May 4, 2018

Origins Of The Cavalry

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"Cavalry (from the French cavalerie, cf. cheval 'horse') or horsemen were soldiers or warriors who fought mounted on horseback. Cavalry were historically the most mobile of the combat arms. An individual soldier in the cavalry is known by a number of designations such as cavalryman, horseman, dragoon or trooper. The designation of cavalry was not usually given to any military forces that used other animals, such as camels, mules or elephants. Infantry who moved on horseback, but dismounted to fight on foot, were known in the 17th and early 18th centuries as dragoons, a class of mounted infantry which later evolved into cavalry proper while retaining their historic title."

 

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  • "The United States Cavalry, or U.S. Cavalry, was the designation of the mounted force of the United States Army from the late 18th to the early 20th century. The Cavalry branch became the Armor branch with tanks in 1950, but the term "Cavalry" such as "armored cavalry" remains in use in the U.S. Army for mounted (ground and aviation) reconnaissance, surveillance, and target acquisition (RSTA) units based on their parent Combat Arms Regimental System (CARS) regiment. Cavalry is also used in the name of the 1st Cavalry Division for heraldic/lineage/historical purposes. Some combined arms battalions (i.e., consisting of a combination of tank and mechanized infantry companies) are designated as armor formations, while others are designated as infantry organizations. These "branch" designations are again, heraldic/lineage/historical titles derived from the CARS regiments to which the battalions are assigned." -Wikipedia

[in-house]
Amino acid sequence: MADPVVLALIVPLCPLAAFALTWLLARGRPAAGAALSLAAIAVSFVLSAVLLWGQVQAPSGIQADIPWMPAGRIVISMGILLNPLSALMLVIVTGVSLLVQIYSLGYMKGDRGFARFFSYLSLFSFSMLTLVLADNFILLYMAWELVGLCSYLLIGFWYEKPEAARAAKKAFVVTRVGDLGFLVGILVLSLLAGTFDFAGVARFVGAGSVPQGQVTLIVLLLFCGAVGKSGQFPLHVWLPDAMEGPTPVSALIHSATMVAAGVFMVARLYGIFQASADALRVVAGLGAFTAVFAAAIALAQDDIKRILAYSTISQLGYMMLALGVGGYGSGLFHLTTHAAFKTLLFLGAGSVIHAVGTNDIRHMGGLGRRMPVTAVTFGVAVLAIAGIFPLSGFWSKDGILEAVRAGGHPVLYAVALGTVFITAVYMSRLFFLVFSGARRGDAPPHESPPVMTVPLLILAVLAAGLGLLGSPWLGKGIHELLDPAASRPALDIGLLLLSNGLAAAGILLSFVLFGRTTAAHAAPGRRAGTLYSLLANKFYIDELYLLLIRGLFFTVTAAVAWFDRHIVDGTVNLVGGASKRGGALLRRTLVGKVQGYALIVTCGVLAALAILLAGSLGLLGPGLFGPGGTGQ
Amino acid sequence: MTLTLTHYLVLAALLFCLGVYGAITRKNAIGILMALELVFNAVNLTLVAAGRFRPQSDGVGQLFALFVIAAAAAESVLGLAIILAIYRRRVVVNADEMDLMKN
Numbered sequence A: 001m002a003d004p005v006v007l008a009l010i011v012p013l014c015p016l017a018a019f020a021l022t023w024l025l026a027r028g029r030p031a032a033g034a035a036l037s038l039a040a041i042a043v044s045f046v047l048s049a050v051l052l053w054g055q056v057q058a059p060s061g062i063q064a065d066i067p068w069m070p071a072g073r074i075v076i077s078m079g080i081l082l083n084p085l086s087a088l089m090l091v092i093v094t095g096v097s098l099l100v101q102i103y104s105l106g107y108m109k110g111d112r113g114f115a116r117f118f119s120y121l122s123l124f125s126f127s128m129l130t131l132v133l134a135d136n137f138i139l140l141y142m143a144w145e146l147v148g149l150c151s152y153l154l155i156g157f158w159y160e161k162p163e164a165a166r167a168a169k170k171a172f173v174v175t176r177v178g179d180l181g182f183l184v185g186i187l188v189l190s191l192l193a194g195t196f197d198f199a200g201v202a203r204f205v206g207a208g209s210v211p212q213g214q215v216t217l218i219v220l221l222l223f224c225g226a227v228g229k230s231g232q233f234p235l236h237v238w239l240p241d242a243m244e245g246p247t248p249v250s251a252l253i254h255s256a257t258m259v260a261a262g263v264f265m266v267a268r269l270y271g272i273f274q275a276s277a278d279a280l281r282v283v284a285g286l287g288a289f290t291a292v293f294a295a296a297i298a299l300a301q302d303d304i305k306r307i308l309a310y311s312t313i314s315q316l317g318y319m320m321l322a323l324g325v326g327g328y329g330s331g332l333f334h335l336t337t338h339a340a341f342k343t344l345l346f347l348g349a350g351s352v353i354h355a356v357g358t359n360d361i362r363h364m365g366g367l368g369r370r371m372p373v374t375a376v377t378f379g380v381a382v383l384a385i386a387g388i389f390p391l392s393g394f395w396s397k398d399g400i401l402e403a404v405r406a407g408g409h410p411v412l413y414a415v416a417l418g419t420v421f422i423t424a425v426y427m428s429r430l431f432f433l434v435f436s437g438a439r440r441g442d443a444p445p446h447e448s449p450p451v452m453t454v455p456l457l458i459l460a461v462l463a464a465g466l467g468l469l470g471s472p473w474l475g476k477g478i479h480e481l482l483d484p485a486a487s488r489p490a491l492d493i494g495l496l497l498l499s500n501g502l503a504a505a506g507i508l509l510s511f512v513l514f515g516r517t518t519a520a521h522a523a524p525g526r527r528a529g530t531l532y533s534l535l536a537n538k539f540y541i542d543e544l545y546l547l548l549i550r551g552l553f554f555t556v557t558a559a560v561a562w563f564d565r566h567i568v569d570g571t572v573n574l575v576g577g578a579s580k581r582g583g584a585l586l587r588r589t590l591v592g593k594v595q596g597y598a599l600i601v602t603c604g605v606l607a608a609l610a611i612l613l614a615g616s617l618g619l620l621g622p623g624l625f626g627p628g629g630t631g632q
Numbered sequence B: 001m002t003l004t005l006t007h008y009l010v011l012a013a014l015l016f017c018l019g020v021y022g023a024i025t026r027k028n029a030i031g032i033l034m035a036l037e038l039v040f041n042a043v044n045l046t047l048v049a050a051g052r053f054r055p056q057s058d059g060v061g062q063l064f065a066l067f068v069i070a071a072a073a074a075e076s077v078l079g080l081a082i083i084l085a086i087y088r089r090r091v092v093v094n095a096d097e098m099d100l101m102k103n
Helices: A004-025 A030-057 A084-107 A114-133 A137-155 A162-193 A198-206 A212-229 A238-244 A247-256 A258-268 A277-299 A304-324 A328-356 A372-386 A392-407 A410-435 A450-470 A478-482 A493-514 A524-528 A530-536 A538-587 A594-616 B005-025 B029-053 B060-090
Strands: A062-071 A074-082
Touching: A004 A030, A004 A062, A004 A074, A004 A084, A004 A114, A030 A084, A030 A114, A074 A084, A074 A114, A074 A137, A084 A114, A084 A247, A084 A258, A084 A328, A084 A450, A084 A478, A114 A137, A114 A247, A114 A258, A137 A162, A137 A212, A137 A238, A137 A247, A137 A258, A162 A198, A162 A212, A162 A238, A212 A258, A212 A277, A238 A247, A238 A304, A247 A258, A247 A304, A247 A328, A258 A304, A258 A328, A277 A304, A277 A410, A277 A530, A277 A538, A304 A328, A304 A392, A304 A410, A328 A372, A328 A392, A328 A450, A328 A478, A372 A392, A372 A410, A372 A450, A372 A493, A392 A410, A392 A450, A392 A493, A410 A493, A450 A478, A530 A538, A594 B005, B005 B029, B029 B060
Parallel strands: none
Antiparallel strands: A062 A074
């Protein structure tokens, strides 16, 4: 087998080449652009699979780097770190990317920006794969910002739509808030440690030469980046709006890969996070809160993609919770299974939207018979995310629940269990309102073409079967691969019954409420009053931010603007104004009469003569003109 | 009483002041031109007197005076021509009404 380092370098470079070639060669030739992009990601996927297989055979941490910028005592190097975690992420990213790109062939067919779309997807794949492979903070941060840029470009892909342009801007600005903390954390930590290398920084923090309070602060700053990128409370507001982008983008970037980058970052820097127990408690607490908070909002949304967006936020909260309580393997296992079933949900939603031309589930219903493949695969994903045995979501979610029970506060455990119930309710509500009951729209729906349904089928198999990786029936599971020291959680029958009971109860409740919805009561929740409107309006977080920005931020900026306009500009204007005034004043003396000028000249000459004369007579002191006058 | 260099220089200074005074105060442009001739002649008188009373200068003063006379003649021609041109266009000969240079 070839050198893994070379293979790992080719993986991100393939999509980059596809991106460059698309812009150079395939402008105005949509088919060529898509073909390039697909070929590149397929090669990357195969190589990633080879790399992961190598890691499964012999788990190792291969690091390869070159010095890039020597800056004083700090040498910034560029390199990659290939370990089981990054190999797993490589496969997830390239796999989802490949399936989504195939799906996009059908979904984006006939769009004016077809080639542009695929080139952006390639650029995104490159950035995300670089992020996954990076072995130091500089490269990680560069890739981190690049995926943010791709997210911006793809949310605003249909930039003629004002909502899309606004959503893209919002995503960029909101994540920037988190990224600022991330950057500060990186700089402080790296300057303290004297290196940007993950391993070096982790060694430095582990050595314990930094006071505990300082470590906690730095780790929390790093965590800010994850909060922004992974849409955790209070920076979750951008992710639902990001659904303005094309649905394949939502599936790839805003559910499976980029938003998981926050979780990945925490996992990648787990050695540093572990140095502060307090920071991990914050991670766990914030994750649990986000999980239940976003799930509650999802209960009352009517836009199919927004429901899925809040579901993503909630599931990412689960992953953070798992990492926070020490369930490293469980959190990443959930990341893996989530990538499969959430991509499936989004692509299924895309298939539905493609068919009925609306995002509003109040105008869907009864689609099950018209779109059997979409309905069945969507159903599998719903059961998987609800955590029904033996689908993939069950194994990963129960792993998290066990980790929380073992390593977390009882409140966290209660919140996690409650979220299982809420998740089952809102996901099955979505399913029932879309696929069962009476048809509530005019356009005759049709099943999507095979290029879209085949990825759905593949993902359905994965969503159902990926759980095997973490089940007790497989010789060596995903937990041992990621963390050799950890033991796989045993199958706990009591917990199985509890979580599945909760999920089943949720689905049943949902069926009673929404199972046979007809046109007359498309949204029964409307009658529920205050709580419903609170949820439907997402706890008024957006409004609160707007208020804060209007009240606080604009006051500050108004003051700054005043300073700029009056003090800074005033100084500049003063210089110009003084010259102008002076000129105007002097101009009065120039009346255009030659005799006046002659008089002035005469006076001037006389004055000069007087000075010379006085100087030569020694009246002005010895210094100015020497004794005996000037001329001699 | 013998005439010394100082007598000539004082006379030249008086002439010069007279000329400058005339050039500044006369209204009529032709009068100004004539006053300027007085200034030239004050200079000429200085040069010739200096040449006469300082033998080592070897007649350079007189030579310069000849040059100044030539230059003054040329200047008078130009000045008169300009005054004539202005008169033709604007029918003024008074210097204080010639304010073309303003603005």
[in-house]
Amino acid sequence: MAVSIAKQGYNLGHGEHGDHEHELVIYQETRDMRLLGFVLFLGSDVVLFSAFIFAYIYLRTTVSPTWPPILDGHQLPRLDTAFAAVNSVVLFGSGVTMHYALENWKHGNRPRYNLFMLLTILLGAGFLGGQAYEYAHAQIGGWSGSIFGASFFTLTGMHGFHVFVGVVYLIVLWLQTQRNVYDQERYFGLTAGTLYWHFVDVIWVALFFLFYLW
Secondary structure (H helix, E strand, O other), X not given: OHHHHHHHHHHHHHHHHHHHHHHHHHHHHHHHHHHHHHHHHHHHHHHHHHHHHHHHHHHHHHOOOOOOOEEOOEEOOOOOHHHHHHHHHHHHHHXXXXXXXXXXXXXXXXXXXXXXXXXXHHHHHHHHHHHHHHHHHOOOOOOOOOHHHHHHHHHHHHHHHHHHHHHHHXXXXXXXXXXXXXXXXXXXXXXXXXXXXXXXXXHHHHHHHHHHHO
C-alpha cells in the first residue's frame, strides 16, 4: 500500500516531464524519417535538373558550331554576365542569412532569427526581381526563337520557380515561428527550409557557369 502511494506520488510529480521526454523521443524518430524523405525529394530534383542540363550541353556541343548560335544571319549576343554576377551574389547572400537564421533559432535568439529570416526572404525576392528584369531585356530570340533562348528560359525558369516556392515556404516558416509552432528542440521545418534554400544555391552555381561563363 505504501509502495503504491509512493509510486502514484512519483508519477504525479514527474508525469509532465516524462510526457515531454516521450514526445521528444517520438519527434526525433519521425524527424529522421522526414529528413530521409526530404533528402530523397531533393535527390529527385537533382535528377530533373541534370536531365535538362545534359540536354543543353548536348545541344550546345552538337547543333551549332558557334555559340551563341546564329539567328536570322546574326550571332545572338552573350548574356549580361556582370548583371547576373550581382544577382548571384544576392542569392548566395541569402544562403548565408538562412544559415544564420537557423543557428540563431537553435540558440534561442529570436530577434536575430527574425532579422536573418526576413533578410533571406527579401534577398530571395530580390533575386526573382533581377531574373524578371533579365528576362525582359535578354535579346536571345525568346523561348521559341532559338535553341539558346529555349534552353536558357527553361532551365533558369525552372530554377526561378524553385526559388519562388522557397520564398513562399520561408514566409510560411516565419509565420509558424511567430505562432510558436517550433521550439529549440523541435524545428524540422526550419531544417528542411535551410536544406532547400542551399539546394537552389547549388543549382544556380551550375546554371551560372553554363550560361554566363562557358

• The Battle of Cowpens , fought on January 17, 1781, was an engagement between American Colonial forces under Brigadier General Daniel Morgan and British forces under Sir Banastre Tarleton , as part of the campaign in the Carolinas ( North and South ). Tarleton's force of 1,100 British in the King's Army were sent against 2000 men under Morgan. The Colonial forces conducted a double envelopment of Tarleton's force, and suffered casualties of only 12 killed and 61 wounded. Tarleton was one of around 160 British troops to escape.
  • Following the U.S. Civil War, regiments of African-American men known as buffalo soldiers served on the western frontier, battling Indians and protecting settlers. The buffalo soldiers included two regiments of all-black cavalry, the 9th and 10th cavalries, formed after Congress passed legislation in 1866 that allowed African Americans to enlist in the country’s regular peacetime military. The legislation also brought about the creation of four black infantry regiments, eventually consolidated into the 24th and 25th infantries, which often fought alongside the 9th and 10th cavalries. Many of the men in these regiments, commanded primarily by white officers, were among the approximately 180,000 African Americans who served in the Union Army during the Civil War.
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